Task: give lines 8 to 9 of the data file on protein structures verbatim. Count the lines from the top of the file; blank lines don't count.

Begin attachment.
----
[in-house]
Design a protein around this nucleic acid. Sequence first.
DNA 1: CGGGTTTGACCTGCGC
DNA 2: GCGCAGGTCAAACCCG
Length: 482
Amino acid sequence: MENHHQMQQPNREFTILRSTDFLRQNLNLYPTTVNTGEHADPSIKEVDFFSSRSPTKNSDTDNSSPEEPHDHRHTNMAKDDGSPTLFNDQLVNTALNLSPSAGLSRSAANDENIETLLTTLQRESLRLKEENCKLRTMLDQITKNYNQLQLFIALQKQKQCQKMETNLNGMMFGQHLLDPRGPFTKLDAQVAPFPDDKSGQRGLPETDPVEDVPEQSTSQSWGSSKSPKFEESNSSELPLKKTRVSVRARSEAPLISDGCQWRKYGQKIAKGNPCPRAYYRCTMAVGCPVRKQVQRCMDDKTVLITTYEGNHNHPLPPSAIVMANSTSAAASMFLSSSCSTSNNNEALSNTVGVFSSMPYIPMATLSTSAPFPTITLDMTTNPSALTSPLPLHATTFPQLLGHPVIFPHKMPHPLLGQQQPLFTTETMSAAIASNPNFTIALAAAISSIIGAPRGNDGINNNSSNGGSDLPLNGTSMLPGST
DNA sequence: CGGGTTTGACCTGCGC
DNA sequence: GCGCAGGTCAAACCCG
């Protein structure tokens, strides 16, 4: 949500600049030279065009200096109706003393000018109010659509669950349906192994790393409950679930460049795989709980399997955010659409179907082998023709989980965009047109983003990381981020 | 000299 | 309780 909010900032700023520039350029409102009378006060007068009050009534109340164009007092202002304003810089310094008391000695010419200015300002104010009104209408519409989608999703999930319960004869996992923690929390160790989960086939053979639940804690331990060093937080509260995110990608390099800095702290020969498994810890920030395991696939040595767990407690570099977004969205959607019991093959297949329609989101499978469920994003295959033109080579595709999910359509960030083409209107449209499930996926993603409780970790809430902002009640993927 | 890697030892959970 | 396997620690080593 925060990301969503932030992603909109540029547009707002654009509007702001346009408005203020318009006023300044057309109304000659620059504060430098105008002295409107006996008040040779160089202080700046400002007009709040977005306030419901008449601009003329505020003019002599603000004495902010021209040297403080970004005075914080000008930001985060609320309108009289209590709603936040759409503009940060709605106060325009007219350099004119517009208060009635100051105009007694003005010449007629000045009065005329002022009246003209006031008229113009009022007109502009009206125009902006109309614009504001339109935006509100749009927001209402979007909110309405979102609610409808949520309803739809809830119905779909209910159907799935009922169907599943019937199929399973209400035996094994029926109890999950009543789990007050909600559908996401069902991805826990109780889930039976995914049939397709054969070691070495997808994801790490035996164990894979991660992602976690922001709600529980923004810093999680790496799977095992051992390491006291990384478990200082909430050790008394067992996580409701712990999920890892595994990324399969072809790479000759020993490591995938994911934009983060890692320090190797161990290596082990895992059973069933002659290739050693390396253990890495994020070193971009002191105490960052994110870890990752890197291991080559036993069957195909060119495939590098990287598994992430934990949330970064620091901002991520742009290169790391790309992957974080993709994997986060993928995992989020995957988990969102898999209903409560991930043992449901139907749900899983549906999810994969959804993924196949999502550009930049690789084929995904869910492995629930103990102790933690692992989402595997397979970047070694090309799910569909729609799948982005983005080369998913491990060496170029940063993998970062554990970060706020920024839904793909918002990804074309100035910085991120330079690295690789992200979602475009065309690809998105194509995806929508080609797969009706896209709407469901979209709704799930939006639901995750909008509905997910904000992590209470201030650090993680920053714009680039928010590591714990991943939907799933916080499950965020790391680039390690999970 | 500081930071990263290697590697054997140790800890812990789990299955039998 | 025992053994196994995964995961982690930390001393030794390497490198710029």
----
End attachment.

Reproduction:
DNA sequence: GCGCAGGTCAAACCCG
């Protein structure tokens, strides 16, 4: 949500600049030279065009200096109706003393000018109010659509669950349906192994790393409950679930460049795989709980399997955010659409179907082998023709989980965009047109983003990381981020 | 000299 | 309780 909010900032700023520039350029409102009378006060007068009050009534109340164009007092202002304003810089310094008391000695010419200015300002104010009104209408519409989608999703999930319960004869996992923690929390160790989960086939053979639940804690331990060093937080509260995110990608390099800095702290020969498994810890920030395991696939040595767990407690570099977004969205959607019991093959297949329609989101499978469920994003295959033109080579595709999910359509960030083409209107449209499930996926993603409780970790809430902002009640993927 | 890697030892959970 | 396997620690080593 925060990301969503932030992603909109540029547009707002654009509007702001346009408005203020318009006023300044057309109304000659620059504060430098105008002295409107006996008040040779160089202080700046400002007009709040977005306030419901008449601009003329505020003019002599603000004495902010021209040297403080970004005075914080000008930001985060609320309108009289209590709603936040759409503009940060709605106060325009007219350099004119517009208060009635100051105009007694003005010449007629000045009065005329002022009246003209006031008229113009009022007109502009009206125009902006109309614009504001339109935006509100749009927001209402979007909110309405979102609610409808949520309803739809809830119905779909209910159907799935009922169907599943019937199929399973209400035996094994029926109890999950009543789990007050909600559908996401069902991805826990109780889930039976995914049939397709054969070691070495997808994801790490035996164990894979991660992602976690922001709600529980923004810093999680790496799977095992051992390491006291990384478990200082909430050790008394067992996580409701712990999920890892595994990324399969072809790479000759020993490591995938994911934009983060890692320090190797161990290596082990895992059973069933002659290739050693390396253990890495994020070193971009002191105490960052994110870890990752890197291991080559036993069957195909060119495939590098990287598994992430934990949330970064620091901002991520742009290169790391790309992957974080993709994997986060993928995992989020995957988990969102898999209903409560991930043992449901139907749900899983549906999810994969959804993924196949999502550009930049690789084929995904869910492995629930103990102790933690692992989402595997397979970047070694090309799910569909729609799948982005983005080369998913491990060496170029940063993998970062554990970060706020920024839904793909918002990804074309100035910085991120330079690295690789992200979602475009065309690809998105194509995806929508080609797969009706896209709407469901979209709704799930939006639901995750909008509905997910904000992590209470201030650090993680920053714009680039928010590591714990991943939907799933916080499950965020790391680039390690999970 | 500081930071990263290697590697054997140790800890812990789990299955039998 | 025992053994196994995964995961982690930390001393030794390497490198710029």